More On Framing Photos

As the title says, it’s about frames. The whole thing started when I saw THIS POST. And then I saw THIS POST. If you happen to click on either of those, you notice that the photo is “framed” by itself. 

After exchanging a few comments with the author, I tried a few things and explained the process in THIS post. 

But, what I really wanted was to do wood frames. The opportunity came up to go to an art center and take a few photos of Koa wood pieces. I’ll do a short post about that soon, but meanwhile, I took this photo . . . 

Then, I took this photo . . . 

. . . and I wanted to see if I could use the method described in the post about framing to put a nice wood frame around the photo.

I purposefully picked what I thought would be a difficult subject to frame because of the texture and colors of the photo.  

This was my first attempt . . . 

I don’t think that’s all that bad, but the frame seemed a little thin . . . 

Notice something about the frame . . . because I shrunk it about the center and because the frame is not square, the sides are thicker than the top and bottom. I could have spent more time in making sure the perimeter was consistent all the way around but I was in a hurry.

Oh, OK . . . I didn’t notice until I did a few of them and I didn’t want to go back and fix it. Note that the issue is more noticeable the thicker you make the frame. 

Anyway, even with the larger frame, the eyes can play a trick where the photo appears closer than the frame. Meaning, not so much a photo in a wooden frame as a photo on a wood plank. 

Oh, what is this old engineer to do?! Why, matting, of course. In fact, double matting. 

No. 1

The process is exactly the same. If you begin with the wood frame, the first matting is a smaller layer atop it but with shading that will make it seem as if it’s below. Then, a smaller frame for the second matting, and finally the photo which — I think — now looks more properly framed (i.e. as if it’s in a frame). 

Note that the matting frames are just layers filled with whatever color you choose. Different colors better match the subject matter, but they can vary.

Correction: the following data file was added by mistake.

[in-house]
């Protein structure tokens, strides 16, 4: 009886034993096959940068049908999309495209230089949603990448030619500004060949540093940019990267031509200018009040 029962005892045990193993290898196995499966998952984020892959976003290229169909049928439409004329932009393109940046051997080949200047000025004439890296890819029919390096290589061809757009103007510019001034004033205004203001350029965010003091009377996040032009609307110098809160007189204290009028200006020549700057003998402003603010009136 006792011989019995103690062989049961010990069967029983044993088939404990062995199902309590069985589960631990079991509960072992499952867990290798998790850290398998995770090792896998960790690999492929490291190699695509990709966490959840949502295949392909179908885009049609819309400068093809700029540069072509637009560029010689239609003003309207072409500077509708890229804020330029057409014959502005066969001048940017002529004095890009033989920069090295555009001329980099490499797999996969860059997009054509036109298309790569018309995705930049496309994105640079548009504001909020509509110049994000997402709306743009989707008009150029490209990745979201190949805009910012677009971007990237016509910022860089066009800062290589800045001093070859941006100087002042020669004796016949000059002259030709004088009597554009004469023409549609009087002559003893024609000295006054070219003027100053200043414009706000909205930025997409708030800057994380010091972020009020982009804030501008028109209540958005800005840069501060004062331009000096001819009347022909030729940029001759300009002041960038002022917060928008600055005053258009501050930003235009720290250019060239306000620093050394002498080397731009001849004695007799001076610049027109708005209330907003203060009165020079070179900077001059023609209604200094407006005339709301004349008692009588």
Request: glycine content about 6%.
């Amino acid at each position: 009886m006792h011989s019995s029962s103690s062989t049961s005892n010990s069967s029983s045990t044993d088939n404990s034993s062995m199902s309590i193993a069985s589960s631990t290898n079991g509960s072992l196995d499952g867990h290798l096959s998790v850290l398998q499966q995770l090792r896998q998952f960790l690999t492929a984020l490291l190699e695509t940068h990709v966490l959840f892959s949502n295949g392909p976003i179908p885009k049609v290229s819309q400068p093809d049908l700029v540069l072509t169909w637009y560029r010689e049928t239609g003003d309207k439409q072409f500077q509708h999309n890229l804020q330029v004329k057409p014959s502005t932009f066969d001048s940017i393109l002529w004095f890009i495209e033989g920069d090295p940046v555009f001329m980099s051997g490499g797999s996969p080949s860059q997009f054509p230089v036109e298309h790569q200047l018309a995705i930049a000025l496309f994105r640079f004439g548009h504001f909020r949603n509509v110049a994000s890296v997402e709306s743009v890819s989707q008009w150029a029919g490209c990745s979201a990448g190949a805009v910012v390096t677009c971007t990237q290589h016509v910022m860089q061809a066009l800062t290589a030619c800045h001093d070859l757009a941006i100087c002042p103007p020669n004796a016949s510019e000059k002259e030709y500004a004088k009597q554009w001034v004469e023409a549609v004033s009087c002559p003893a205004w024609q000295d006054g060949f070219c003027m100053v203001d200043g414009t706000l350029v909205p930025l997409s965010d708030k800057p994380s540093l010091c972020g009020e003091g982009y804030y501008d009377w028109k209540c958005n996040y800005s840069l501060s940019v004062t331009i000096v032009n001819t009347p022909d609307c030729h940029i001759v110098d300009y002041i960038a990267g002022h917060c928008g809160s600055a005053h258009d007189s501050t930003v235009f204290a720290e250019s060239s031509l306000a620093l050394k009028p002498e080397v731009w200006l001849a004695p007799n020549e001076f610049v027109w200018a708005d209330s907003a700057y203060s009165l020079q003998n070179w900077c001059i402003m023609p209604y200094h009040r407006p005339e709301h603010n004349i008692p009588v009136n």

So, once I have that setup, I can just bring in a new photo, apply the effects to it and . . . 

No. 2

You know I didn’t stop there, right?

No. 3

Did you notice the numbers? Yes, there be a poll at the end. You get to vote for your favorite. You don’t win anything but it will perhaps let you know how well you fit in with the rest of the readers of this blog. 

Since I’m shooting for a diverse group of intelligent and amazing people, and since, usually, fewer than ten people vote, my goal is for each framed photo to get one vote. 

BUT . . . no peeking before you vote; if one wins it all, so be it. It’ll mean you all think alike. 

Here’s what I did . . . I looked for very diverse — and perhaps interesting — photos to put in there. Feel free to compliment the crap out of my choices (use the comments to do so). 

No. 4
No. 5

Oh, I can hear it now!

“Hey, Disperser, you poor excuse of a sentient being! Those are the same subject. Do you even know what ‘diverse‘ means?”

Well, as it so happens, they are the same but with very different treatments. That counts, at least in my book. If I had a book. And, if I counted anything in it. 

This next one holds a special place in my soul . . . wait . . . I’m soulless! Nevermind.

No. 6

Now, people who have actually seen The Chicago Bean will note that it’s scrunched up a bit. That’s because I got lazy. It was easier (in that instance of time) to just scrunch the photo a bit to make it fit. Same for this next version.

N0, 7

Later, I realized it was just as easy to cut the size I wanted and discard the leftover portion of the photo. I learn as I go, folks. 

For this next shot, I dug back a number of years to when I was playing with Still Life subjects. 

No. 8

This next shot is from last year; the result of one of my playful moods.

No. 9

I got to wondering about using a B&W photo and I thought I should change the matting. I think it would have been better with more of a charcoal black and not the absolute black I used. 

No. 10

I also think that particular choice of wood is too “bright”. Perhaps something with more red and darker would work better with B&W. Something to explore in the future. 

So, there you go . . . ten choices to prove your individuality. Cast your vote now. 

Here’s the gallery of the above.

That’s it. This post has ended . . . except for the stuff below.


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